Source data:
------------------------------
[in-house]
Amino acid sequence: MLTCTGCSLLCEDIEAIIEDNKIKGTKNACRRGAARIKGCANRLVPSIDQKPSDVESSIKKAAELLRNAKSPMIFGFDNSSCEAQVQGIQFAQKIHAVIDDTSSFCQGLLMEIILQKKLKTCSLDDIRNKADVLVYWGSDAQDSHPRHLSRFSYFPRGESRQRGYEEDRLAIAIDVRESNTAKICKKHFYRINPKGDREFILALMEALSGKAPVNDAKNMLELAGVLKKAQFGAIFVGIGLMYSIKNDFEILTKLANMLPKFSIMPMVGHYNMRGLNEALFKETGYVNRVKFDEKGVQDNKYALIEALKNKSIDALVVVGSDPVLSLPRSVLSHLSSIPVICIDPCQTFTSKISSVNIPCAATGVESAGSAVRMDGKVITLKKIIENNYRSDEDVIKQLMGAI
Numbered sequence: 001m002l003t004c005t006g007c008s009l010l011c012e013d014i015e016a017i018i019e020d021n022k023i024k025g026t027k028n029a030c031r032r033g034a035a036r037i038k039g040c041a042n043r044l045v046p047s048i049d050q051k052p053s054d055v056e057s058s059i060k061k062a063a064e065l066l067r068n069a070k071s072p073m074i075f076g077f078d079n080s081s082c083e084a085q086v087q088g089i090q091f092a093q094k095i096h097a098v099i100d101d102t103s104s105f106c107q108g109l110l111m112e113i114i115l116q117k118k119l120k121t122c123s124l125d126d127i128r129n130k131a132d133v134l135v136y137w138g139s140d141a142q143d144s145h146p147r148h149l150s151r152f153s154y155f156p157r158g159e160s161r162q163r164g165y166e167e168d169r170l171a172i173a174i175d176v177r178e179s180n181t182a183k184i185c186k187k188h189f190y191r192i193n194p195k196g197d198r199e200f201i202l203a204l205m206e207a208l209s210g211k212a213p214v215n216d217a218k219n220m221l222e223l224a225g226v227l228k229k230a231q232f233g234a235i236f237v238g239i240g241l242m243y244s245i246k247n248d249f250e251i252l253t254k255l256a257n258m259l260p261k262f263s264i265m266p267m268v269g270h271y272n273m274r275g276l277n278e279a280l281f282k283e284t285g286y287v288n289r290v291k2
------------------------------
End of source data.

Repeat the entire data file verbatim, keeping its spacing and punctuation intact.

[in-house]
Amino acid sequence: MLTCTGCSLLCEDIEAIIEDNKIKGTKNACRRGAARIKGCANRLVPSIDQKPSDVESSIKKAAELLRNAKSPMIFGFDNSSCEAQVQGIQFAQKIHAVIDDTSSFCQGLLMEIILQKKLKTCSLDDIRNKADVLVYWGSDAQDSHPRHLSRFSYFPRGESRQRGYEEDRLAIAIDVRESNTAKICKKHFYRINPKGDREFILALMEALSGKAPVNDAKNMLELAGVLKKAQFGAIFVGIGLMYSIKNDFEILTKLANMLPKFSIMPMVGHYNMRGLNEALFKETGYVNRVKFDEKGVQDNKYALIEALKNKSIDALVVVGSDPVLSLPRSVLSHLSSIPVICIDPCQTFTSKISSVNIPCAATGVESAGSAVRMDGKVITLKKIIENNYRSDEDVIKQLMGAI
Numbered sequence: 001m002l003t004c005t006g007c008s009l010l011c012e013d014i015e016a017i018i019e020d021n022k023i024k025g026t027k028n029a030c031r032r033g034a035a036r037i038k039g040c041a042n043r044l045v046p047s048i049d050q051k052p053s054d055v056e057s058s059i060k061k062a063a064e065l066l067r068n069a070k071s072p073m074i075f076g077f078d079n080s081s082c083e084a085q086v087q088g089i090q091f092a093q094k095i096h097a098v099i100d101d102t103s104s105f106c107q108g109l110l111m112e113i114i115l116q117k118k119l120k121t122c123s124l125d126d127i128r129n130k131a132d133v134l135v136y137w138g139s140d141a142q143d144s145h146p147r148h149l150s151r152f153s154y155f156p157r158g159e160s161r162q163r164g165y166e167e168d169r170l171a172i173a174i175d176v177r178e179s180n181t182a183k184i185c186k187k188h189f190y191r192i193n194p195k196g197d198r199e200f201i202l203a204l205m206e207a208l209s210g211k212a213p214v215n216d217a218k219n220m221l222e223l224a225g226v227l228k229k230a231q232f233g234a235i236f237v238g239i240g241l242m243y244s245i246k247n248d249f250e251i252l253t254k255l256a257n258m259l260p261k262f263s264i265m266p267m268v269g270h271y272n273m274r275g276l277n278e279a280l281f282k283e284t285g286y287v288n289r290v291k2